Feeling encouraged, I decided to finally visit the United States in 2019 and attend Camp Improv Utopia West in California for the first time ever. The friends I had met in Ireland took care of me wonderfully, hosting me, driving me around, and even setting up a performance slot for us together at Endgames Improv.
The camaraderie at the camp was infectious, and I spent another weekend meeting wonderful people, improvising, and watching stunning sunsets.
2019 was definitely a crucial year for me in stepping up my game. I taught for the first time at a festival in Belfast, traveled to Chicago to attend the Annoyance Theatre Intensive, and attended more festivals. Of course, I also attended CIU Ireland once more. I took 33 flights that year, so I hope the planet can forgive me. I could never have done all of this if I had not attended camp in the first place.
As you all know, the pandemic hit and everything changed. I had just started a new life in London when a sudden border closure left me and my cats stuck in Valencia while my partner was in the UK. Uncertainty became a daily reality and most of us found ourselves glued to screens. Borderless international online improv started to emerge as a way to connect. Improvisers, especially those from Improv Utopia camp, were a silver lining, offering a chance to hang out together. This time, we were boxed in a video conference or even visiting each other’s Animal Crossing Islands, like I did with Kayleigh, Amy, and Ainsley. We did whatever we could to maintain our sanity. Although the world started to open up again, the US travel ban and the cancelation of the Ireland edition kept me away from camp in 2021.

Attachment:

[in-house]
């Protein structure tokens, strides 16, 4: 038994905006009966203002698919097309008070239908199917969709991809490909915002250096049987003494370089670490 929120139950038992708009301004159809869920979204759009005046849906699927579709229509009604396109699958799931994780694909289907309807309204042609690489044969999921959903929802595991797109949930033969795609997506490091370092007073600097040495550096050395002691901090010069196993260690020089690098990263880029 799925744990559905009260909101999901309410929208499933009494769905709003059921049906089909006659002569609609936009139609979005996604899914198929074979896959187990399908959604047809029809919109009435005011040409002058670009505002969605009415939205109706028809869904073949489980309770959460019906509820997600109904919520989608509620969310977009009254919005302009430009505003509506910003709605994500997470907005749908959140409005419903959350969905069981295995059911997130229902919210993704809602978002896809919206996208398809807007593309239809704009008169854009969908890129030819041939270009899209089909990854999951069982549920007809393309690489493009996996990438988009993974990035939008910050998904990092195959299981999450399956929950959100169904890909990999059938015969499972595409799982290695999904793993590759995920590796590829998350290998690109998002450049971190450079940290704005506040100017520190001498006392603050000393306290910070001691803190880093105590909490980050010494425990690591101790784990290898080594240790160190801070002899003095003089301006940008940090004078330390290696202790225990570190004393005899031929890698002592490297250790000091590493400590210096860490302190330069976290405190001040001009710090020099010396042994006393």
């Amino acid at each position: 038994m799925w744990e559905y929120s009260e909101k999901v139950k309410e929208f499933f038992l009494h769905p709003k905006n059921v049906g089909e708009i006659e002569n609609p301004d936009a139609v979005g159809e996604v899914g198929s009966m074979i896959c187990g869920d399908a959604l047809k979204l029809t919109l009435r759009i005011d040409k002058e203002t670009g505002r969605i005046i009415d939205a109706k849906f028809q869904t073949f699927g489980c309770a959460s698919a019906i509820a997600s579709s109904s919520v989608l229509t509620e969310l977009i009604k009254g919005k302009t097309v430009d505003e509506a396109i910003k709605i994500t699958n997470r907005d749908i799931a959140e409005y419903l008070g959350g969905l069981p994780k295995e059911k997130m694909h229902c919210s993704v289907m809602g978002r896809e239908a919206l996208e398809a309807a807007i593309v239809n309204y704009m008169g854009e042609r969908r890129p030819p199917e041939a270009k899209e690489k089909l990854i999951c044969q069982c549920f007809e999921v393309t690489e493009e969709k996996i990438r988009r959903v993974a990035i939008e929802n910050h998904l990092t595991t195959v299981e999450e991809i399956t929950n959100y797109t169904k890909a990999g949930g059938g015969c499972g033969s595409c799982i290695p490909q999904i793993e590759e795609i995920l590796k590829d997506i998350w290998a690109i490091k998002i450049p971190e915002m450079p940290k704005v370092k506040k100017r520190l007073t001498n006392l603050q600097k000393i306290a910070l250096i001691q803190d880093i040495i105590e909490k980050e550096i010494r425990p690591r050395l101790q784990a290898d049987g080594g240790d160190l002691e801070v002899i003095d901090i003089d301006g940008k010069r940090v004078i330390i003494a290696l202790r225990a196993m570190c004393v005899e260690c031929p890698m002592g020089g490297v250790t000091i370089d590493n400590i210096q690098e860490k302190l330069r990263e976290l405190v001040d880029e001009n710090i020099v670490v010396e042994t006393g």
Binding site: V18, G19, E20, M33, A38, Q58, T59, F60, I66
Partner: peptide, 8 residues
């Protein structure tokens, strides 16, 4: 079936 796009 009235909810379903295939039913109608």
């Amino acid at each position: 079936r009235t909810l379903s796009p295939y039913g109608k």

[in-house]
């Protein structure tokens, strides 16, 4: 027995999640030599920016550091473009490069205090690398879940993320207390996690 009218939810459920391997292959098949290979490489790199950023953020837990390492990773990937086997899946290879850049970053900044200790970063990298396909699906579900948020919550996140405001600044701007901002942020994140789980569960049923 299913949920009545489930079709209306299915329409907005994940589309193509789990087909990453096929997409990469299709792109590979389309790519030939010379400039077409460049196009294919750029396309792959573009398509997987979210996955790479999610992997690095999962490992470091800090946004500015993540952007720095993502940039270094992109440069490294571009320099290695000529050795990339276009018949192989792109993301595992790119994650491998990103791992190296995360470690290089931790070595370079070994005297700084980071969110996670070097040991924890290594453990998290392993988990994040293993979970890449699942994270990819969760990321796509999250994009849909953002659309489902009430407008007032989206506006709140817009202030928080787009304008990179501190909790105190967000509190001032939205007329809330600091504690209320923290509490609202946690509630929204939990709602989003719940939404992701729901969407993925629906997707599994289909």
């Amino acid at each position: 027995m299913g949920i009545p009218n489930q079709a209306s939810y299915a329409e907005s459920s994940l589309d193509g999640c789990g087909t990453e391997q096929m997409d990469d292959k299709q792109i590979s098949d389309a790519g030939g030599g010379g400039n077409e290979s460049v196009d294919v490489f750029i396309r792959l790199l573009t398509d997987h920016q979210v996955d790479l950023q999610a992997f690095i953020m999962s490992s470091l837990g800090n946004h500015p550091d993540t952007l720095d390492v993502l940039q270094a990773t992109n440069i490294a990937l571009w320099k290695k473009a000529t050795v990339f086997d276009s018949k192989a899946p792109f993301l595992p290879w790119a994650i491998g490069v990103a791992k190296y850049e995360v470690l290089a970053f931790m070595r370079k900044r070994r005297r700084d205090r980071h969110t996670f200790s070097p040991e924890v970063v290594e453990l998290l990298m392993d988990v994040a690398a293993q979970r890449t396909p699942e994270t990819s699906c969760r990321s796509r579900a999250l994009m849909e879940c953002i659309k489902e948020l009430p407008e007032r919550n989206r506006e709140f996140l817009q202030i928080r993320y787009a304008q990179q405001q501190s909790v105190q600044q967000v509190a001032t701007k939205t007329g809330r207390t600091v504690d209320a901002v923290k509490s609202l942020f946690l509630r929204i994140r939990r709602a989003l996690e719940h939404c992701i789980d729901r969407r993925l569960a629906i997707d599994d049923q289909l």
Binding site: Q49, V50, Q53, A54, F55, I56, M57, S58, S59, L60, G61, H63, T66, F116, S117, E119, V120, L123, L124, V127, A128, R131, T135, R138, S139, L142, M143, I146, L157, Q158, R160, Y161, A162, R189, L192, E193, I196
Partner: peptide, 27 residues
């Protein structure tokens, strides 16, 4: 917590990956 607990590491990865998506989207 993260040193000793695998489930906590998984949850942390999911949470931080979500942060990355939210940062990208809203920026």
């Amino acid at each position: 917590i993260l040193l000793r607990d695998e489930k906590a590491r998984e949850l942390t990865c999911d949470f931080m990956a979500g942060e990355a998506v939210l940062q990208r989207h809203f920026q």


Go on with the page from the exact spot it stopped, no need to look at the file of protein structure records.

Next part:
In 2022, I reestablished contact with CIU and attended their East edition in Pennsylvania. This time, I attended as a counselor and was surprised to learn that some people had heard of me thanks to Alex Lee and other campers who knew about my frustrated plans to attend the previous year. Once again, I felt the warmth of the community.
I got to meet some of them again at Improv Fest Ireland, including Nick Armstrong. We were talking about the upcoming event in Spain, and I told him how much I’d like to attend. “You know what?” he said, “Why don’t you send me blurbs for a couple of workshops?” That’s when it hit me. Why hadn’t I considered myself apt for the task and offered myself in the first place? Why did I wait for others to see my value as a facilitator before me?
In the following months, I started working with Nick, Jacque, Neil, and eventually Anita Nichols on CIU Spain. The rest is (part of my) history.
I admire and love Camp Improv Utopia because it’s the most safe, inclusive and diverse environment you can find in the improv world. I never seen improv more clever and respectful than the one I’ve seen camp after camp. After all it’s quite easy to make improv that values and celebrates everyone, despite experience. That aims to everyone’s success. A kind of improv that makes everyone happy. Camp Improv Utopia pushes for that. For a literal utopia.
And it is indeed an utopia.